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In the original SNE paper the authors mention a connection between the SNE objective function and an MDS-like stress function in the regime $\sigma_i \rightarrow \infty$, as follows.

When $\sigma_i^2$ is very large, it can be shown that SNE is equivalent to minimizing the mismatch between squared distances in the two spaces, provided all the squared distances from an object $i$ are first normalized by subtracting off their antigeometric mean $g_i^2$: $$\textrm{Mismatch} = \sum_{ij} \big[(d_{ij}^2 - g_i^2) - (\hat{d}_{ij}^2 - \hat{g}_i^2) \big]^2$$ with $$d_{ij}^2 = \lVert x_i - x_j \rVert^2 / \sigma^2,\quad g_i^2 = -\log \sum_{k \ne i} \frac{\exp(-d_{ij}^2)}{n -1}$$ and $\hat{d}_{ij}^2$ and $\hat{g}_i^2$ defined similarly for the embedding points $\{y_i\}$.

My question is, how exactly is this mismatch function derived and what does it represent?

It seems strange because they say "when $\sigma_i^2$ is very large" so one might expect that they're talking about a limit, but then there's still a $\sigma$ in the expression obtained. Also, for $\sigma_i = \sigma$ constant, the expression inside the brackets is exactly $-\log(p_{ij}) + \log(q_{ij})$ and I don't see where the square could come from. What is going on here?

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  • $\begingroup$ +1. I wondered about it too. I like how they use "it can be shown" here :) $\endgroup$ – amoeba says Reinstate Monica Oct 11 '19 at 19:46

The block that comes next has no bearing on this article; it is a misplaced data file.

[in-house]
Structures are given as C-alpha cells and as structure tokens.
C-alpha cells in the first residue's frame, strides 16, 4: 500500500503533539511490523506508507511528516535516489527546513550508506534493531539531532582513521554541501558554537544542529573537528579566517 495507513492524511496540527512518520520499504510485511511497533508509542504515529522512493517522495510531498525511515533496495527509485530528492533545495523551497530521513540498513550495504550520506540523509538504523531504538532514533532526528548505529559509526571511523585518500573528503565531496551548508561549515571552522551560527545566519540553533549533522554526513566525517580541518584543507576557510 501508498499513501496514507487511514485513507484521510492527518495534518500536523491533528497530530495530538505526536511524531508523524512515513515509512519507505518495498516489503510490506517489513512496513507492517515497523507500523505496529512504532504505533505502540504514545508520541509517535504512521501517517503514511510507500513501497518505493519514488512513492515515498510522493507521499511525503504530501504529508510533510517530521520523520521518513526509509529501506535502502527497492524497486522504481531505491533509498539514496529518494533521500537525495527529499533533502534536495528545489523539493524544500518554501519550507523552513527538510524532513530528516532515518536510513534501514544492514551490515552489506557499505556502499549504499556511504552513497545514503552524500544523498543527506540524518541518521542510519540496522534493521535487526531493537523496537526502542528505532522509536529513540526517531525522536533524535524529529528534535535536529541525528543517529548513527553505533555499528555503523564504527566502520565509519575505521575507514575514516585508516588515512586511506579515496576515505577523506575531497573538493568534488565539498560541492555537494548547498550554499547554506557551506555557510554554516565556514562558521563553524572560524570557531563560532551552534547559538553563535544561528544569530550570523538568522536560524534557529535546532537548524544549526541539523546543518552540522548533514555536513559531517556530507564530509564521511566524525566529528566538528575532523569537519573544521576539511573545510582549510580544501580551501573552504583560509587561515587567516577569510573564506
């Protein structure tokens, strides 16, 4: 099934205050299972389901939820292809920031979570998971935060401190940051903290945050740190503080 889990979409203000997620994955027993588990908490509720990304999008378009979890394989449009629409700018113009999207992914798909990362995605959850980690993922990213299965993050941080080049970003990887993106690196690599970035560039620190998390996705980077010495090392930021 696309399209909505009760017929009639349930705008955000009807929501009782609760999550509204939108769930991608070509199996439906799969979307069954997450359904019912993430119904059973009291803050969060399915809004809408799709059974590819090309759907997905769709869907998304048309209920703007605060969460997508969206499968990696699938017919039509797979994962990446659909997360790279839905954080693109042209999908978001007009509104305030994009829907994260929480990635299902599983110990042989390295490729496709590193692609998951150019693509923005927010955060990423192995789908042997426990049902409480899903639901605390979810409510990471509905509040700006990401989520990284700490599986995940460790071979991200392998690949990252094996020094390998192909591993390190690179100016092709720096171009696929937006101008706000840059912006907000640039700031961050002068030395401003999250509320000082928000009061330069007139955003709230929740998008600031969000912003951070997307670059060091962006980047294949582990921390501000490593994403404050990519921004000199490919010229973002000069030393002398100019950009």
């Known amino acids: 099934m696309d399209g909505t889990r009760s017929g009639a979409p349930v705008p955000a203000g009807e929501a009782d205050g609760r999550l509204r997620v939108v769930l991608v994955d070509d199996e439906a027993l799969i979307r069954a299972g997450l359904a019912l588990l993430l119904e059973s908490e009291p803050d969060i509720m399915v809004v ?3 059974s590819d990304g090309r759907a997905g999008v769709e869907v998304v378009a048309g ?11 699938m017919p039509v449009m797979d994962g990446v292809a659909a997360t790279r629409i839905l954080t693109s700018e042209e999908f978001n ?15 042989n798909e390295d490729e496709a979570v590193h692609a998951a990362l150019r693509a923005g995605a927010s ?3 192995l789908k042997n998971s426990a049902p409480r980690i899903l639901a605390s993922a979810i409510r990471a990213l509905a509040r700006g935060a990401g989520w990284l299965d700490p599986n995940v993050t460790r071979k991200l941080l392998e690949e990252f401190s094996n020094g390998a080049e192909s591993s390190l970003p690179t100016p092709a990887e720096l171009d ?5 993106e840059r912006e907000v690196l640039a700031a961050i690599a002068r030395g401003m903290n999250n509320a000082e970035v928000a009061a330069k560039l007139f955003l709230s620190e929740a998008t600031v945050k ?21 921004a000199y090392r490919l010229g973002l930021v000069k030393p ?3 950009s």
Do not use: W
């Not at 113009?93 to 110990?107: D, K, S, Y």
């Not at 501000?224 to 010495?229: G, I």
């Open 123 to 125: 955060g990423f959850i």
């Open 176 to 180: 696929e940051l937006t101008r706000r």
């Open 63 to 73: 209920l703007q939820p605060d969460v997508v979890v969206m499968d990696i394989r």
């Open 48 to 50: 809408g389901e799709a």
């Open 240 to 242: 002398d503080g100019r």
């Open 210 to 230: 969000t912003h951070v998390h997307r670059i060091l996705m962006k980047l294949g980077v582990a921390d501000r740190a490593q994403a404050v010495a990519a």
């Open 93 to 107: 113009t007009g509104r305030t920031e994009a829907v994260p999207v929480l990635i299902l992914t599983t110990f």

• $\begingroup$ It cannot be the actual limit, because in the limit all p_i's are equal and the loss is minimized when all points in the embedding are infinitely far away from each other (to make q's equal to 0). $\endgroup$ – amoeba says Reinstate Monica Oct 11 '19 at 19:49
  • $\begingroup$ Not infinitely far away, but uniformly distributed. In the limit, only the entropy part of the KL divergence remains, which is maximized when the distribution is uniform. $\endgroup$ – Călin Oct 12 '19 at 10:39
  • $\begingroup$ Why? If all p's are equal, then the loss function is simpy \sum\log(q) up to a constant factor, and this is minimized when points are infinitely far away from each other. $\endgroup$ – amoeba says Reinstate Monica Oct 15 '19 at 7:37
  • $\begingroup$ $\mathrm{D}_{\textrm{KL}} [ p_i \parallel q_i ] = -\log(n - 1) - \frac{1}{n - 1} \sum_{j = 1}^n \log q_{ij}$, with $\lim_{\sigma \to \infty} p_{ij} = \frac{1}{n - 1}$, so minimizing the KL divergence corresponds to maximizing the term you mentioned. It's not the entropy, as I said above (I was thinking about the exclusive formulation of the KL divergence), but it's still maximized when $q_i$ is the uniform distribution. This is also intuitive: you match an uniform distribution with another uniform one. $\endgroup$ – Călin Oct 15 '19 at 11:29

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